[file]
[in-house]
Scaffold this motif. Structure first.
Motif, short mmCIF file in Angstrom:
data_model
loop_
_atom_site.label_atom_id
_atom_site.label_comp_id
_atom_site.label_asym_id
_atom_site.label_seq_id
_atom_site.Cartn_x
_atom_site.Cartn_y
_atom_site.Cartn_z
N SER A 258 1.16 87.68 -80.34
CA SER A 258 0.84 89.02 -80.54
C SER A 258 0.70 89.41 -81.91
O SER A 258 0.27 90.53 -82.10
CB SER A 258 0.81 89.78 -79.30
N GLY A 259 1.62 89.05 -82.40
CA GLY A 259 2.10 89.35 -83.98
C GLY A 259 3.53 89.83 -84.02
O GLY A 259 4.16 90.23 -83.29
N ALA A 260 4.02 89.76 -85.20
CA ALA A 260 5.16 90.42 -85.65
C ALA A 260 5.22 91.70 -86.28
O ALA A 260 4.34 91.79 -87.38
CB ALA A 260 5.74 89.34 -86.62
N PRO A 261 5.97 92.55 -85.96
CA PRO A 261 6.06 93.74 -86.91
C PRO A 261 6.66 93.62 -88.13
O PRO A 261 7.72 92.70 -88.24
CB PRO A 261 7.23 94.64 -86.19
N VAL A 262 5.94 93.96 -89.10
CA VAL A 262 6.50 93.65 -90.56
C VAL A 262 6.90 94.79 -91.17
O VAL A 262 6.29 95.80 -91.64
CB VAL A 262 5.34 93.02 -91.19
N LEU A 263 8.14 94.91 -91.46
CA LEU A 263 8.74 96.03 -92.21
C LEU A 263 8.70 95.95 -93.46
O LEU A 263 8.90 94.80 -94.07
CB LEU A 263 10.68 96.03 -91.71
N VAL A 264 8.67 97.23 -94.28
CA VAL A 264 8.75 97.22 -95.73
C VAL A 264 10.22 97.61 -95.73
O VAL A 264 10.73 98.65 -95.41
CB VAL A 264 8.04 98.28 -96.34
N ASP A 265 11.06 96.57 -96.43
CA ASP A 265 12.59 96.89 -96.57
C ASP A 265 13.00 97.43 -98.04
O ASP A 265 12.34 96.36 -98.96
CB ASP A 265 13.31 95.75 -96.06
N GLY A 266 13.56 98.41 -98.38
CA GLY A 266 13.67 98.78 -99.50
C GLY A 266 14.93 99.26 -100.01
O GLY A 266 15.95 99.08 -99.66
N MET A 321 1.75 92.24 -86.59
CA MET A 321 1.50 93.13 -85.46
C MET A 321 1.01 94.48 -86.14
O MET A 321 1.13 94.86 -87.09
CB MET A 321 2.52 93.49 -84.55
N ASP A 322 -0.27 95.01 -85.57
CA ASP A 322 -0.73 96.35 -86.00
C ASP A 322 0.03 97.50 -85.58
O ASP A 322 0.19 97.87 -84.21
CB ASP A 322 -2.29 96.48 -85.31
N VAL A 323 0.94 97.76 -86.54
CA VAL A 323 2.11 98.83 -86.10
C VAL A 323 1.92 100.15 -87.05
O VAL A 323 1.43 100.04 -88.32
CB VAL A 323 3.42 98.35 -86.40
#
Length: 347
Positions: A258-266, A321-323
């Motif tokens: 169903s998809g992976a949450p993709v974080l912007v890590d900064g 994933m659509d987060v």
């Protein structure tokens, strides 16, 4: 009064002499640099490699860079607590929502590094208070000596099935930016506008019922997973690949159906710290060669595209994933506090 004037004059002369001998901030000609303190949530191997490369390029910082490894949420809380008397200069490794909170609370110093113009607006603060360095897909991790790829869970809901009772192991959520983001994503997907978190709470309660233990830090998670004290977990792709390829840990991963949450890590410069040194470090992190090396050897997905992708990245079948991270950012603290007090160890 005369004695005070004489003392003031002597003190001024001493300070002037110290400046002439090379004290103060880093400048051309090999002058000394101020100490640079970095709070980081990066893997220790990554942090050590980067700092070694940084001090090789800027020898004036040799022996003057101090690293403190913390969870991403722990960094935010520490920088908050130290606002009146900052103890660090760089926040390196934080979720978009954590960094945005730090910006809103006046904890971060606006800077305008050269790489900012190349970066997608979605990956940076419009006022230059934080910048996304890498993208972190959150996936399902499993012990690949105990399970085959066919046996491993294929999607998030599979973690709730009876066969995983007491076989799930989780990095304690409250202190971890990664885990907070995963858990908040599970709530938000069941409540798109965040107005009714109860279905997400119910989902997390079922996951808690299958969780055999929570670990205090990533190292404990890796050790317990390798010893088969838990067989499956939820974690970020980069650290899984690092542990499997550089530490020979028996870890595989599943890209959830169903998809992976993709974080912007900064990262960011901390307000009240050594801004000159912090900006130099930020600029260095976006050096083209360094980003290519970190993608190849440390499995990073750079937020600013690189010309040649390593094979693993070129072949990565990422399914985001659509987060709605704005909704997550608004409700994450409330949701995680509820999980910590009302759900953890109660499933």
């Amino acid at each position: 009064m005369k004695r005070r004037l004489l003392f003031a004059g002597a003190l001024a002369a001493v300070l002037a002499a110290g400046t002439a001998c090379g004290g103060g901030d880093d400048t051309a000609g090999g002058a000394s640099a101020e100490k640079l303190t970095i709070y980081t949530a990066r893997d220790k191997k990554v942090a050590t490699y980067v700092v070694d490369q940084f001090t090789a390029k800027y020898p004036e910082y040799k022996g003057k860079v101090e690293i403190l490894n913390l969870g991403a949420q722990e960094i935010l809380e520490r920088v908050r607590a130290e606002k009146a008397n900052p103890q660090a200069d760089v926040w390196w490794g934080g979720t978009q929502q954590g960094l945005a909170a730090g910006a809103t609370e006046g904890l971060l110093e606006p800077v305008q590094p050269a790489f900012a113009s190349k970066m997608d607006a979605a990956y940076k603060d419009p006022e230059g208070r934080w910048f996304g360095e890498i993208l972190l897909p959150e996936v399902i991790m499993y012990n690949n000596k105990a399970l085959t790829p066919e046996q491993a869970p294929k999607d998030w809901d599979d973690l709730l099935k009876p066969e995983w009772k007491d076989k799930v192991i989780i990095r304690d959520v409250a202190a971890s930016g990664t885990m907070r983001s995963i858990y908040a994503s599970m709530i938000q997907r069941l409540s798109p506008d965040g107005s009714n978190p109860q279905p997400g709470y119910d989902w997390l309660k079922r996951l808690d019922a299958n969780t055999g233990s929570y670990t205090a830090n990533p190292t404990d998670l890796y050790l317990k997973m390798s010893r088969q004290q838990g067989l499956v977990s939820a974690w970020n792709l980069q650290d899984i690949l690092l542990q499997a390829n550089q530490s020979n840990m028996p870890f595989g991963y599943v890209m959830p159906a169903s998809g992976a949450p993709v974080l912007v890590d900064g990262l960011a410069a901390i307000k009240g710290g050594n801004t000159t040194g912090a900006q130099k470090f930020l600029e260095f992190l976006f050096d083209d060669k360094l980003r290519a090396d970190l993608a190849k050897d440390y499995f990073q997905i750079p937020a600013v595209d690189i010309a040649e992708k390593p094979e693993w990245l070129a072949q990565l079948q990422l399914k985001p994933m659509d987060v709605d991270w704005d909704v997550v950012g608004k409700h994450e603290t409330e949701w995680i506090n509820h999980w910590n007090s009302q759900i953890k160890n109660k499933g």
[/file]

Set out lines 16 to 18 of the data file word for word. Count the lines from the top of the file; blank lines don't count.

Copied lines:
O SER A 258 0.27 90.53 -82.10
CB SER A 258 0.81 89.78 -79.30
N GLY A 259 1.62 89.05 -82.40